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A lifelong love for writing and storytelling, stoked by English classes at Milton, propelled Neha Wadekar ’07 into a career in freelance journalism, she told students at the recent 44th Annual Laurence S. Persky Memorial Awards.   

“I joined Milton in seventh grade, and I remember coming back for my revisit day and Ms. Simon was teaching Pride and Prejudice,” Ms. Wadekar recalled at the ceremony, which honors the best in student-published writing and artwork. “I was blown away by the level of back and forth discussion that the students were having about the meaning of the novel and the specific intentions of certain passages and the construction of particular sentences.”

Today, Ms. Wadekar is a multimedia freelance journalist based in Nairobi, Kenya, where she reports on issues of climate, gender, crisis and conflict, and human rights. Her work has been published in The New York Times, The Washington Post, The New Yorker, The Atlantic, The Wall Street Journal, The Economist, PBS NewsHour, The Los Angeles Times, The Guardian, CNN, and others. 

As a Milton student, Ms. Wadekar joined the staff of The Milton Paper, where she first got bitten by the journalism bug. Following her undergraduate studies at Tufts University, she worked for a corporate consulting firm, where she felt unsatisfied. “I took stock of my life and asked myself questions,” she said. “What brought me joy? How did I want to spend my time? What I was good at? And the answer kept coming back to writing.” She enrolled in the Annenberg School for Journalism at the University of Southern California for her master’s degree and never looked back.

Reporting and shining a light on critical issues remains as urgent a need as ever, Ms. Wadekar said. Even as tools like artificial intelligence remove some of the labor of writing, journalists’ judgment and dedication to uncovering the truth will always be needed.

“Journalism has gone through a number of threatening events, from the invention of the internet to the explosion of social media,” she told students. “With each new invention, journalists have feared that we might no longer be needed, that we could easily be replaced, but time and time again that’s proved to be fundamentally untrue. Journalism has adapted, and even improved, because of new technology, and I’m confident that it will again with the widespread proliferation of AI technology. The next Pulitzer Prize-winning journalist or Nobel Prize-winning writer will not be a computer. It will be one of you.”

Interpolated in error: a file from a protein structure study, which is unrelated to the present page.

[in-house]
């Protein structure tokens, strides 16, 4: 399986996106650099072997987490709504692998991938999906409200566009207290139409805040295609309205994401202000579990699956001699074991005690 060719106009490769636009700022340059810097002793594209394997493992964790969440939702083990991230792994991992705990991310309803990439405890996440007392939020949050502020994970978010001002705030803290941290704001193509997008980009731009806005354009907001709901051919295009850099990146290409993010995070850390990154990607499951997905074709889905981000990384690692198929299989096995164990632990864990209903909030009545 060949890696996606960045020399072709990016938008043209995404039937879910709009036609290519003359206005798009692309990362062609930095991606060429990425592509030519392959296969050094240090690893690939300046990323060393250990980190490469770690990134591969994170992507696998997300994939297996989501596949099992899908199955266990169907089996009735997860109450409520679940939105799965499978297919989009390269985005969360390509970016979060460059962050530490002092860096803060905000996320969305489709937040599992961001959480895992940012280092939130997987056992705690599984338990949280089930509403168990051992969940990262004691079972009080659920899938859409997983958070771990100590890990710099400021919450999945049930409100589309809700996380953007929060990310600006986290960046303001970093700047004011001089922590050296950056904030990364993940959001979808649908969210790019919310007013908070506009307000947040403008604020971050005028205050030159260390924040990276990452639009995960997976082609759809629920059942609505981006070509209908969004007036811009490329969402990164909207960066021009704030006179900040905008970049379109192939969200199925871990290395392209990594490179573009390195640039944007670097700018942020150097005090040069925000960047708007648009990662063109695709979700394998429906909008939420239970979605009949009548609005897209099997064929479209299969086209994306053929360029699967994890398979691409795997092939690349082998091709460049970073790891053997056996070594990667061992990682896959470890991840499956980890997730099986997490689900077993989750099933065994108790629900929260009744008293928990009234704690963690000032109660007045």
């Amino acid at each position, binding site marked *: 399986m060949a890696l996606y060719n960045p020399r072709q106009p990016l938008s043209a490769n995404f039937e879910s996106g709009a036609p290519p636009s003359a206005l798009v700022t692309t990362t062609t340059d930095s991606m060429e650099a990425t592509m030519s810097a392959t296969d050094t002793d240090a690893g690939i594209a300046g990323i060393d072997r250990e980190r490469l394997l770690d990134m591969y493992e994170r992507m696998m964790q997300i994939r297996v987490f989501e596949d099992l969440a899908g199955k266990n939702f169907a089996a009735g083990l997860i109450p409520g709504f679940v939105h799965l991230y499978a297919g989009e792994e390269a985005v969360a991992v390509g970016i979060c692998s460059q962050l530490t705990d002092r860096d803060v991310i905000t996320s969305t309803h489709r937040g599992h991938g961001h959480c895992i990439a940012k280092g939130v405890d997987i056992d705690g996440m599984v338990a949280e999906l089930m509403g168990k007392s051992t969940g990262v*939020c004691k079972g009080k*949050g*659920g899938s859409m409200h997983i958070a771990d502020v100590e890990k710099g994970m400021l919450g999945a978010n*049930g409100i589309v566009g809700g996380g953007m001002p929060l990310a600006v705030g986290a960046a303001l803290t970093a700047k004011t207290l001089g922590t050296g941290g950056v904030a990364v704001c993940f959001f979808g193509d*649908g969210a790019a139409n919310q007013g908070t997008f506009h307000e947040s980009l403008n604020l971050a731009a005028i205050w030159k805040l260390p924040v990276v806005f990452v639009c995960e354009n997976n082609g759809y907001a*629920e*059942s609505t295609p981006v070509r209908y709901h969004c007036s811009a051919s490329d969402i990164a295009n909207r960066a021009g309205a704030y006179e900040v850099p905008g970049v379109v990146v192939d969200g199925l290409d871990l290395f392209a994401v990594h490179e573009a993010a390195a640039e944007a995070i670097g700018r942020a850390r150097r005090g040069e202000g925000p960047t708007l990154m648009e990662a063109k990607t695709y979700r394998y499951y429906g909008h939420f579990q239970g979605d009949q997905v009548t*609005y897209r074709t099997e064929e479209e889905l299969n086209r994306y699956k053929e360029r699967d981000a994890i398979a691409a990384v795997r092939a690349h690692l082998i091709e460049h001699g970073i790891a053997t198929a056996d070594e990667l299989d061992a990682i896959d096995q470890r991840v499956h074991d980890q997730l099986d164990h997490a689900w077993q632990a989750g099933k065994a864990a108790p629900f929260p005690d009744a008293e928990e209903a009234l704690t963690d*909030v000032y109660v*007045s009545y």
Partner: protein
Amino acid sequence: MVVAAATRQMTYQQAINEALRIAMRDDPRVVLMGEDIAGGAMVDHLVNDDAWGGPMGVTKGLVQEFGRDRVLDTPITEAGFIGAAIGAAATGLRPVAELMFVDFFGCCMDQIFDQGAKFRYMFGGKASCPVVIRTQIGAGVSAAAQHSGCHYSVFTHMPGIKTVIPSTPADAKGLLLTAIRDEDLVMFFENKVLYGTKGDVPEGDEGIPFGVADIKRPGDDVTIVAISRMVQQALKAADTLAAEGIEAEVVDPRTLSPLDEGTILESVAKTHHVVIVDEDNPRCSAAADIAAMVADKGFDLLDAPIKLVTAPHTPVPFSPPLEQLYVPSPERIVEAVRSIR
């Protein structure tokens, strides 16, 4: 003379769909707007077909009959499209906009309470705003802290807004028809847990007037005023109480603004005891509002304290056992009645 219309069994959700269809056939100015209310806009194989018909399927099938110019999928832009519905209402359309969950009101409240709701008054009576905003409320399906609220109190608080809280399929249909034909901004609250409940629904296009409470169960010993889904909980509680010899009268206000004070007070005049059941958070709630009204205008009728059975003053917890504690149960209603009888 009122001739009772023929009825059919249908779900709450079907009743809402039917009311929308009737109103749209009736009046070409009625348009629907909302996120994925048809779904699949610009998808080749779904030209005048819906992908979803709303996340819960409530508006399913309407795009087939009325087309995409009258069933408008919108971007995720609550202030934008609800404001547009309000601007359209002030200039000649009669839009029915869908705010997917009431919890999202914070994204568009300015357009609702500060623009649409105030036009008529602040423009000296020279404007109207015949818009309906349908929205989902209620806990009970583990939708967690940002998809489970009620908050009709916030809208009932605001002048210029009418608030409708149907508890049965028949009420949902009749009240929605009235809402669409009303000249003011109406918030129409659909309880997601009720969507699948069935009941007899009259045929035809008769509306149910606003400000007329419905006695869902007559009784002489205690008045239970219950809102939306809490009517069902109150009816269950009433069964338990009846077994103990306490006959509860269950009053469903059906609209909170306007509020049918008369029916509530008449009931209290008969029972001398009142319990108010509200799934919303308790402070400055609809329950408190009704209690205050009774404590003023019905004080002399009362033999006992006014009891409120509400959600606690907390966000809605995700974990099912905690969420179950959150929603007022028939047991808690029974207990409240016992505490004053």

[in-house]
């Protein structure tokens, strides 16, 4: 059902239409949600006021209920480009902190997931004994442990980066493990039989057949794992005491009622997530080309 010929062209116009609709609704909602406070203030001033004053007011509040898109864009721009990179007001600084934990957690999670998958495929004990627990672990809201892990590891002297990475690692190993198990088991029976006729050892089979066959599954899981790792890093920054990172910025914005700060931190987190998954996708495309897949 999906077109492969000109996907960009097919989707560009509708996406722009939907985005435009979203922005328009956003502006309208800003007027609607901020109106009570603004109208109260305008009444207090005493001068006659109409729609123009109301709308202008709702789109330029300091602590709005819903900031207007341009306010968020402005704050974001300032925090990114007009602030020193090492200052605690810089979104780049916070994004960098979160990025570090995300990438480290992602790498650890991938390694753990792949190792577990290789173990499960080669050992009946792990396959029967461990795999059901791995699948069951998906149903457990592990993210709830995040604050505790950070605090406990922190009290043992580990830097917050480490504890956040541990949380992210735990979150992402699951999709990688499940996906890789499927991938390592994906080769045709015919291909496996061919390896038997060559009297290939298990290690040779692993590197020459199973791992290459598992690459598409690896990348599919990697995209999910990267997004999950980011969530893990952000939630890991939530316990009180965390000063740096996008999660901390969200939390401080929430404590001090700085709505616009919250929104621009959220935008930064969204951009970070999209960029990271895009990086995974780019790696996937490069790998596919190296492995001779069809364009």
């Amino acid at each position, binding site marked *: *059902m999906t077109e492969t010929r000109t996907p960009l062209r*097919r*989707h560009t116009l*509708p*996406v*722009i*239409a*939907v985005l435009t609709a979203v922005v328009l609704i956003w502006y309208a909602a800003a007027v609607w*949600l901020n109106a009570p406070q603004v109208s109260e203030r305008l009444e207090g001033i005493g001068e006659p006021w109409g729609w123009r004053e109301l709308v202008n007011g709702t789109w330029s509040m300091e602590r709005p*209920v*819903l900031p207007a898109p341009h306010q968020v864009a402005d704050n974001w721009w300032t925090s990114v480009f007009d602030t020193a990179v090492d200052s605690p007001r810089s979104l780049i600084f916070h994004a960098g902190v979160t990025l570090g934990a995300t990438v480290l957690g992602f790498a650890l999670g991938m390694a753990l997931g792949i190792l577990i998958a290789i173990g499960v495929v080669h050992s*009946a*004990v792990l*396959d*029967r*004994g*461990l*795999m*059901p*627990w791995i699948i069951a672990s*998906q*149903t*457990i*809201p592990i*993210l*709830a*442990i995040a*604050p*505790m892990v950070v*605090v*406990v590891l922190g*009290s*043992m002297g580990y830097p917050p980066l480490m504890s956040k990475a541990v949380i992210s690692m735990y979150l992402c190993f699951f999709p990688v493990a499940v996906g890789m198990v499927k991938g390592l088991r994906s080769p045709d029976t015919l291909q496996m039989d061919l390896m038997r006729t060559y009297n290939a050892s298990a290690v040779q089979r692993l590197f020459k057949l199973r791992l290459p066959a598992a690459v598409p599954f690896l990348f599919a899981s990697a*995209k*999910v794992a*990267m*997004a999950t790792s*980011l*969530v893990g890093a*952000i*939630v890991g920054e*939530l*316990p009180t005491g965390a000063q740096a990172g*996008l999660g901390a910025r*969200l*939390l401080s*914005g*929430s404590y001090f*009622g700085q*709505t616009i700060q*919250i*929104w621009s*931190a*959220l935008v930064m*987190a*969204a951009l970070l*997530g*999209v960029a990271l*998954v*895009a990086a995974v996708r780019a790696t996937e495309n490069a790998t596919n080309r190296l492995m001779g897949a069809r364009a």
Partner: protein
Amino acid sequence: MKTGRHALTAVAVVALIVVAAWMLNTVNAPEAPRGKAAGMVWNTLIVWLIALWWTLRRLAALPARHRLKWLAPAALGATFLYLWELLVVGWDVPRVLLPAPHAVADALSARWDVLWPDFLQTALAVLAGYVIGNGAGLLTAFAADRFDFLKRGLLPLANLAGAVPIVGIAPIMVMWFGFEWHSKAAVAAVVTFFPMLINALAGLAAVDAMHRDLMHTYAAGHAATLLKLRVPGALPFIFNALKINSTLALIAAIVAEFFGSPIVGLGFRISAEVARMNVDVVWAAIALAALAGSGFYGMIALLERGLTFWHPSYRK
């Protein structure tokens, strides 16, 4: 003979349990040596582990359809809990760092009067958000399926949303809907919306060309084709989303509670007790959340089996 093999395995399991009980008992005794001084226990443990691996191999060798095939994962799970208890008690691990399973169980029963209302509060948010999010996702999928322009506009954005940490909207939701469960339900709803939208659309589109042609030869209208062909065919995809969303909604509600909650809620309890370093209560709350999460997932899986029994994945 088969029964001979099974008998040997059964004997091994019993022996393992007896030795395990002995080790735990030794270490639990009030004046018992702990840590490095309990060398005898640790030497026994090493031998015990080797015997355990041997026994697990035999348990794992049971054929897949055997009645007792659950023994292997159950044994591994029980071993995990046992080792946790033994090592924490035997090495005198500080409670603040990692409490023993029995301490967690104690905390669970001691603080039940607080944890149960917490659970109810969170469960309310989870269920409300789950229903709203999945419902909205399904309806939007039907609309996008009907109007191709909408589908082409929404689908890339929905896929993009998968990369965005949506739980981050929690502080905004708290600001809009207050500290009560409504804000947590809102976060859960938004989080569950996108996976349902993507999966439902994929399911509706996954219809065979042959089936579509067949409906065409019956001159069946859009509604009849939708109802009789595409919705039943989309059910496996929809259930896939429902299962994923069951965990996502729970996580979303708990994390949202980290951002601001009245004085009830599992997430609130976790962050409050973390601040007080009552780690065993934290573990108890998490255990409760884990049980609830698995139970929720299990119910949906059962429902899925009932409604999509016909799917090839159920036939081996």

The Persky Awards were established to honor the memory of Laurence Persky ’79, a talented student writer who died just before his Class I year. Judged by Milton graduate and author Emily Franklin ’90, the awards recognize the best in student publications. Winners received copies of Franklin’s latest novel, The Lioness of Boston, a fictionalized story about the life of Isabella Stewart Gardner. Franklin presented an award to acknowledge the work put into the spring issue of the F-Word to editors in chief Caitlin Blanksteen ’23 and Genevieve O’Marah ’23. 

Head of School Todd Bland presented the following Persky Awards:

Creative Writing 

Honorable Mentions
Bea Becker ’25
Star Bryan ’23
Henry Dallman ’23
Gabrielle Mott ’25
Naomi Yu’ 24

The Persky Award in poetry: Elena Ferrari ’24

The Persky Award in fiction: Nik Kathiresan ’23


In Digital Drawing
Felicity Wong ’25, “Shades of Silence—Triptych,” the F-Word
Ify Umerah ’25, “Star Face,” Magus Mabus
Dianne Cao ’24 “Cranes Shine on You,” Magus Mabus, and “Scientific Illustrations,” Helix

In Photography
Blake Ankner ’23, “For This Love,” Magus Mabus
Matthew Li ’26, “Relief After the Pilgrimage,” Loose Leaf and Magus Mabus
Michaela Ocko ’23, “Oculus,” Magus Mabus
Jack Weil ’23, “Portrait of Brother,” Loose Leaf

In Drawing/Painting
Keira Zhuo ’24, “School,” Magus Mabus
Alex Wilson ’23, “wrath,” Magus Mabus

In 3D/Mixed Media
Jason Louie ’25, “Anoemia: a miniature goldfish scooping store,” Magus Mabus and Loose Leaf
Genevieve O’Marah ’23, “penetrating trauma,” F Word


Best Science Article
Emma Wang ’23, “Neuroscience and AI Drive Each Other Forward,” Helix.

Best News Writer
Isa Torres ’25, The Milton Measure

Best Non-Milton Feature
Coby Mulliken ’23, “‘Slumerville’ in Transit: Development and Displacement in a Boston Suburb,” The Milton Measure

Best Milton Feature
Julia Torrey ’23, “Let’s Talk About Sex, Baby: An Investigation into the Sex and Hookup Culture of Milton Academy,” The Milton Measure

Best Editorial—Co-winners
“Milton’s Endowment Could Serve More,” the Editorial Board of The Milton Measure
“The Newfound Anemia for Milton’s Extracurricular Scene,” the Editorial Board of The Milton Paper

Best Commentary/Opinion writing
Jubi Oladipo ’24, The Milton Paper 

Best Milton Sports Article
Liam Kralik ’24, “Somehow They Manage: Team Managers at Milton,” The Milton Measure

Best Non-Milton Sports Article
Sam Berk ’24, “Shoot and Miss: Milton Must Discuss World Cup Controversy,” The Milton Paper

Best Arts Criticism
Louis Chiasson ’23, The Milton Paper

Best Arts Feature
Jason Louie ’25, “Wasting Space to Create The World’s ‘Best Bank Headquarters,’” The Arch

Best Layout
Chloe Johnson ’24, The Arch

To acknowledge the work dedicated to the production of the Yearbook
Emma Petherick ’23, Hannah Knowlton ’23, and Mari Rounds ’23